Verse 5 (last clause).–“_Thou hatest all workers of iniquity_.” For what God thinks of sin, see #De 7:22; Pr 6:16; Re 2:6,15|; where he expresseth his detestation and hatred of it, from which hatred proceeds all those direful plagues and judgments thundered from the fiery mouth of his most holy law against it; nay, not only the work, but worker also of iniquity becomes the object of his hatred. ^William Gurnall.

Verse 5 (last clause).–“Thou hatest all workers of iniquity.” If God’s hatred be against the workers of iniquity, how great is it against iniquity itself! If a man hate a poisonous creature, he hates poison much more. The strength of God’s hatred is against sin, and so should we hate sin, and hate it with strength; it is an abomination unto God, let it be so unto us. #Pr 6:16-19|, “These six things doth the Lord hate; yea, seven are an abomination unto him; a proud look, a lying tongue, and hands that shed innocent blood, an heart that deviseth wicked imaginations, feet that be swift in running to mischief, a false witness that speaketh lies, and he that soweth discord among brethren.”–^William Greenhill.

Verse 5 (last clause).–Those whom the Lord hates must perish. But he hates impenitent sinners, “_Thou hatest all workers of iniquity_.” Now, who are so properly workers of iniquity as those who are so eager at it that they will not leave this work, though they be in danger to perish for it? Christ puts it out of doubt. The workers of iniquity must perish. #Lu 13:27|. Those whom the Lord will tear in his wrath must perish with a witness; but those whom he hates, he tears, &c. #Job 16:8|. What more due to such impenitent sinners than hatred! what more proper than wrath, since they treasure up wrath? #Ro 2|. Will he entertain those in the bosom of love whom his soul hates? No; destruction is their portion. #Pr 21:15|. If all the curses of the law, all the threatenings of the gospel, all judgments in earth or in hell, will be the ruin of him, he must perish. If the Lord’s arm be strong enough to wound him dead, he must die. #Ps 68:21|. … Avoid all that Christ hates. If you love, approve, entertain that which is hateful to Christ, how can he love you? What is that which Christ hates? the Psalmist (#Ps 45:7|) tells us, making it one of Christ’s attributes, to hate wickedness. … As Christ hates iniquity, so the “_workers of iniquity_.” you must not love them, so as to be intimate with them, delight in the company of evil doers, openly profane, scorners of godliness, obstructors of the power of it. #2Co 6:14-18|. If you love so near relations to wicked men, Christ will have no relation to you. If you would have communion with Christ in sweet acts of love, you must have no fellowship with the unfruitful works of darkness, nor those that act them.–^David Clarkson, B.D., 1621-1686.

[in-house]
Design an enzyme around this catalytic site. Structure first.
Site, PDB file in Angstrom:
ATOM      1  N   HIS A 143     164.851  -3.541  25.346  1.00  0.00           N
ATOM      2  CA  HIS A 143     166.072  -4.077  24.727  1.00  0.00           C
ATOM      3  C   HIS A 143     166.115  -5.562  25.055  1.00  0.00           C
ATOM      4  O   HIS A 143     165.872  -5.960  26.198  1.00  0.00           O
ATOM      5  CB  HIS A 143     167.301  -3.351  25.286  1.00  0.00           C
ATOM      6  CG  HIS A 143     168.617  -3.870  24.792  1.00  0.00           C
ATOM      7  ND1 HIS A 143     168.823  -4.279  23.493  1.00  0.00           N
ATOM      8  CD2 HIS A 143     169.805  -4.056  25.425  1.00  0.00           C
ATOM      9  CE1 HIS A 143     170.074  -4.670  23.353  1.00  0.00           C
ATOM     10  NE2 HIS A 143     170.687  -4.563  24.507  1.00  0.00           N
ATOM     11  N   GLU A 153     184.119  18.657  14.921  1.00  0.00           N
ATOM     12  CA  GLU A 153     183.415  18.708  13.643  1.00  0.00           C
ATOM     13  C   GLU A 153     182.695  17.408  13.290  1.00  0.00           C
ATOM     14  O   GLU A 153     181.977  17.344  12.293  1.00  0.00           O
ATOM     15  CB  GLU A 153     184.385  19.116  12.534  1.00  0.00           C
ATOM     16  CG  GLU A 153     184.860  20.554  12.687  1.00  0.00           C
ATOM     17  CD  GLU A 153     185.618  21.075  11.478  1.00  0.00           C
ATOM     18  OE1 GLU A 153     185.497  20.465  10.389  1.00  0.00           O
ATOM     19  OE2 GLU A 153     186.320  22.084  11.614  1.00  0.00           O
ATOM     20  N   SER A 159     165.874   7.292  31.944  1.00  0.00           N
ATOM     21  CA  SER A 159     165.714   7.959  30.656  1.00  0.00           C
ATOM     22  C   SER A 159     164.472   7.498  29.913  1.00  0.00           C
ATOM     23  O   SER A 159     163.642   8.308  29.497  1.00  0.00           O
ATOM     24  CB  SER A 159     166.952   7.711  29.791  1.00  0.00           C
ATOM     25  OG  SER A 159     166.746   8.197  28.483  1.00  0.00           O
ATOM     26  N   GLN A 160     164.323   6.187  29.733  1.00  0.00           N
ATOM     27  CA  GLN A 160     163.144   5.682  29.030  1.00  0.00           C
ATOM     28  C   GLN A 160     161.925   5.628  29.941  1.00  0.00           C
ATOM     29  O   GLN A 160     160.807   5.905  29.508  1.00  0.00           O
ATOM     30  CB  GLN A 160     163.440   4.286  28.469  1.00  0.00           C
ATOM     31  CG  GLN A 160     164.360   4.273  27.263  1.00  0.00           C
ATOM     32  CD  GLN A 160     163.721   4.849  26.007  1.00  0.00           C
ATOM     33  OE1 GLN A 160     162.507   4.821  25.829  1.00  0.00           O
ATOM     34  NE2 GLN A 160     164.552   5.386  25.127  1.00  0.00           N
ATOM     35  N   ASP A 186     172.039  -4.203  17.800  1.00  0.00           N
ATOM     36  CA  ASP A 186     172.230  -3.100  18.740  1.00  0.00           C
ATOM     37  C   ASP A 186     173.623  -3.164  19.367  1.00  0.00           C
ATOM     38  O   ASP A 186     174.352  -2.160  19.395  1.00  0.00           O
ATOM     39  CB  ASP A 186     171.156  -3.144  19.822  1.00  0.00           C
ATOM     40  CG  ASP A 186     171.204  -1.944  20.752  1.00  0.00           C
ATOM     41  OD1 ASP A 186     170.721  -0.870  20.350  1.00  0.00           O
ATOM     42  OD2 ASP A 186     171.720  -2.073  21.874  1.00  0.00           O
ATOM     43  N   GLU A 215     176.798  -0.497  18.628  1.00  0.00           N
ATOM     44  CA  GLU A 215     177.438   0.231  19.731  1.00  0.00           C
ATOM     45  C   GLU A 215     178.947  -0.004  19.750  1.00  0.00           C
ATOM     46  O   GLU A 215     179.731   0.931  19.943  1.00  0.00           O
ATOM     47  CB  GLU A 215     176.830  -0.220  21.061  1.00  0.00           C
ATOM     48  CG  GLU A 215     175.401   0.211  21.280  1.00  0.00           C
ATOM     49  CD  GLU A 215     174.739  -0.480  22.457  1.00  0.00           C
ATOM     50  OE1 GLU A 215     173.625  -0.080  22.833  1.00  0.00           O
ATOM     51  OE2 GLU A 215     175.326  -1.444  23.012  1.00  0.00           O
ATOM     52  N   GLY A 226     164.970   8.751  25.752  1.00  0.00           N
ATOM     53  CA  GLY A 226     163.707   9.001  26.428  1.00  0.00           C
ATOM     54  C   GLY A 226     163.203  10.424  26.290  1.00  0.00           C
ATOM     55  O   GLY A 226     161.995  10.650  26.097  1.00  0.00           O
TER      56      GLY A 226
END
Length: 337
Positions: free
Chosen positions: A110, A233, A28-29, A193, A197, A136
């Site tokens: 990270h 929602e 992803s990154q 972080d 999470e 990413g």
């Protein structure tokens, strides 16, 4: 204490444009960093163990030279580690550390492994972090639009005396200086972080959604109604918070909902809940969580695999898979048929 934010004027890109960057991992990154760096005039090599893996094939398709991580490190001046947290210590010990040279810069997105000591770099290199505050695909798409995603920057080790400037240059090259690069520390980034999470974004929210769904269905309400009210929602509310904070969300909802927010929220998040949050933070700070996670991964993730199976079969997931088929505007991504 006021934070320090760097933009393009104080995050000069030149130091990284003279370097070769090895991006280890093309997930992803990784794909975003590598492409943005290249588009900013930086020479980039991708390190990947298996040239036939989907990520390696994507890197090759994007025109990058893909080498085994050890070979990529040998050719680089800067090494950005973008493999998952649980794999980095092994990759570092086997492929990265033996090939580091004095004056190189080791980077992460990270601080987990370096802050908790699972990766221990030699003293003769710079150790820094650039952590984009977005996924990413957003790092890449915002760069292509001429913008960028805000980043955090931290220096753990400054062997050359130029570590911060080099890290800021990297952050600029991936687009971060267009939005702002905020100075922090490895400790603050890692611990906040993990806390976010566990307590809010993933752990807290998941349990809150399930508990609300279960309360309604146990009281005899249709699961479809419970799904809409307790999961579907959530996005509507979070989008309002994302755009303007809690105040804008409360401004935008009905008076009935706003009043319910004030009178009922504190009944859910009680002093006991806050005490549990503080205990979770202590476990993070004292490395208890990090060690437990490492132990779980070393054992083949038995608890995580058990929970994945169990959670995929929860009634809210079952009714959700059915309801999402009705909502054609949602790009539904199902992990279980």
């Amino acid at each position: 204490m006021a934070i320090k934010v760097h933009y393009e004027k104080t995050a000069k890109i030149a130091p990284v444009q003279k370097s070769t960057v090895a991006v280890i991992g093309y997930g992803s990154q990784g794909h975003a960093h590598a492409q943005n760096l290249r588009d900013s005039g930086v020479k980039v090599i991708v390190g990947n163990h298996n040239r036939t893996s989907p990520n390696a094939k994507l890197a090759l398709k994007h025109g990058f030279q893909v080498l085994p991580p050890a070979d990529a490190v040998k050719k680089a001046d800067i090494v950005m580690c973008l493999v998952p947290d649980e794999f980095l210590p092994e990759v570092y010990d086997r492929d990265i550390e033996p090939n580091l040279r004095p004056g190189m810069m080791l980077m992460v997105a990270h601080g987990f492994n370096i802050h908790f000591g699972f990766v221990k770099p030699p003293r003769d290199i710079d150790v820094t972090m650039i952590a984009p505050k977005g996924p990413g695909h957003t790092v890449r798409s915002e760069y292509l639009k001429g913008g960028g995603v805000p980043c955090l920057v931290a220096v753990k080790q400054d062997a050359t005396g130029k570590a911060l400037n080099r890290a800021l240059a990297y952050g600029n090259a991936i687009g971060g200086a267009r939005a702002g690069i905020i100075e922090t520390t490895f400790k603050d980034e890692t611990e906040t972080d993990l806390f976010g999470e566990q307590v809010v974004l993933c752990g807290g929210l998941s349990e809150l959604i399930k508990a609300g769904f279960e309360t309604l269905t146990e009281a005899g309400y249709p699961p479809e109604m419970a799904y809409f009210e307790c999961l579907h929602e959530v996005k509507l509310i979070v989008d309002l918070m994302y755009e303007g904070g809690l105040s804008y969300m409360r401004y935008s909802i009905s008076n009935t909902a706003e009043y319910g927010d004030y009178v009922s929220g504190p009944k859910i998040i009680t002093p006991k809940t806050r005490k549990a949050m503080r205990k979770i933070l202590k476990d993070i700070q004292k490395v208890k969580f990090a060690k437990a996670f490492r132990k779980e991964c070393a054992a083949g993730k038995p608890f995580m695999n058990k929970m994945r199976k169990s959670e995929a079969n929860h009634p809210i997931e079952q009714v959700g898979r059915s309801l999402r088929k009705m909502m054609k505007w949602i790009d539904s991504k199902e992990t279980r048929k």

Verse 6.–“_Thou shalt destroy them that speak leasing_,” whether in jest or earnest. Those that lie in jest will (without repentance) go to hell in earnest.–^John Trapp.

Verse 6.–“_Thou shalt destroy them that speak leasing_,” etc. In the same field wherein Absalom raised battle against his father, stood the oak that was his gibbet. The mule whereon he rode was his hangman, for the mule carried him to the tree, and the hair wherein he gloried served for a rope to hang. Little know the wicked how everything which now they have, shall be a snare to trap them when God begins to punish them.–^William Cowper, 1612.


Verse 4.–God’s hatred of sin an example to his people.

Verse 5.–“_The foolish_.” Show why sinners are justly called fools.